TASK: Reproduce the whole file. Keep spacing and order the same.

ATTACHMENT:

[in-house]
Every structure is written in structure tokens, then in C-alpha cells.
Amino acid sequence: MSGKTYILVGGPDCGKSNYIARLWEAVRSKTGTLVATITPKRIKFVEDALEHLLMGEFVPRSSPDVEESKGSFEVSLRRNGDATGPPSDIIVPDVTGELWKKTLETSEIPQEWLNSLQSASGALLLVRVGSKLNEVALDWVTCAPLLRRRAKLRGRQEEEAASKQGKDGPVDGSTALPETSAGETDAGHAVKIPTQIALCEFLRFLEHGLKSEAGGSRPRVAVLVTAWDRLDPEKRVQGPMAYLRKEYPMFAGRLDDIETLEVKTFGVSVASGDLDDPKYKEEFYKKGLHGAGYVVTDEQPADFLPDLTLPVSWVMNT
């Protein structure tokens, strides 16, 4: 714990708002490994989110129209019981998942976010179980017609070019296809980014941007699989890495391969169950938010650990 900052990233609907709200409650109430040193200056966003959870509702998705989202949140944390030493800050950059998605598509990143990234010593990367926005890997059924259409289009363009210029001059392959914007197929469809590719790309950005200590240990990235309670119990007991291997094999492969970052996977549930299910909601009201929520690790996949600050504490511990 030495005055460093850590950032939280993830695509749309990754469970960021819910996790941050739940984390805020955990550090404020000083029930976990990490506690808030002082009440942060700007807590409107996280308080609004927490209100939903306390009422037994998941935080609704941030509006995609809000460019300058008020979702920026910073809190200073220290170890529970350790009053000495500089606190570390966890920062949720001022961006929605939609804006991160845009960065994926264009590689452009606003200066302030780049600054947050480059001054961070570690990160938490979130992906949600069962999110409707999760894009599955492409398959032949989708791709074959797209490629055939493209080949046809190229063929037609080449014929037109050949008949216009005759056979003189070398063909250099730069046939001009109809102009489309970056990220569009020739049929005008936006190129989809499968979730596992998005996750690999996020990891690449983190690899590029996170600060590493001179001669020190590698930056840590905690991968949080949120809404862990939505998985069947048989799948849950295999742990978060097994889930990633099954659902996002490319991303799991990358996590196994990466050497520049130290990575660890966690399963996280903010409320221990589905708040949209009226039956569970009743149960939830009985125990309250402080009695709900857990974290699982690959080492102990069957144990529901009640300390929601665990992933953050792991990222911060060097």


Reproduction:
[in-house]
Every structure is written in structure tokens, then in C-alpha cells.
Amino acid sequence: MSGKTYILVGGPDCGKSNYIARLWEAVRSKTGTLVATITPKRIKFVEDALEHLLMGEFVPRSSPDVEESKGSFEVSLRRNGDATGPPSDIIVPDVTGELWKKTLETSEIPQEWLNSLQSASGALLLVRVGSKLNEVALDWVTCAPLLRRRAKLRGRQEEEAASKQGKDGPVDGSTALPETSAGETDAGHAVKIPTQIALCEFLRFLEHGLKSEAGGSRPRVAVLVTAWDRLDPEKRVQGPMAYLRKEYPMFAGRLDDIETLEVKTFGVSVASGDLDDPKYKEEFYKKGLHGAGYVVTDEQPADFLPDLTLPVSWVMNT
């Protein structure tokens, strides 16, 4: 714990708002490994989110129209019981998942976010179980017609070019296809980014941007699989890495391969169950938010650990 900052990233609907709200409650109430040193200056966003959870509702998705989202949140944390030493800050950059998605598509990143990234010593990367926005890997059924259409289009363009210029001059392959914007197929469809590719790309950005200590240990990235309670119990007991291997094999492969970052996977549930299910909601009201929520690790996949600050504490511990 030495005055460093850590950032939280993830695509749309990754469970960021819910996790941050739940984390805020955990550090404020000083029930976990990490506690808030002082009440942060700007807590409107996280308080609004927490209100939903306390009422037994998941935080609704941030509006995609809000460019300058008020979702920026910073809190200073220290170890529970350790009053000495500089606190570390966890920062949720001022961006929605939609804006991160845009960065994926264009590689452009606003200066302030780049600054947050480059001054961070570690990160938490979130992906949600069962999110409707999760894009599955492409398959032949989708791709074959797209490629055939493209080949046809190229063929037609080449014929037109050949008949216009005759056979003189070398063909250099730069046939001009109809102009489309970056990220569009020739049929005008936006190129989809499968979730596992998005996750690999996020990891690449983190690899590029996170600060590493001179001669020190590698930056840590905690991968949080949120809404862990939505998985069947048989799948849950295999742990978060097994889930990633099954659902996002490319991303799991990358996590196994990466050497520049130290990575660890966690399963996280903010409320221990589905708040949209009226039956569970009743149960939830009985125990309250402080009695709900857990974290699982690959080492102990069957144990529901009640300390929601665990992933953050792991990222911060060097």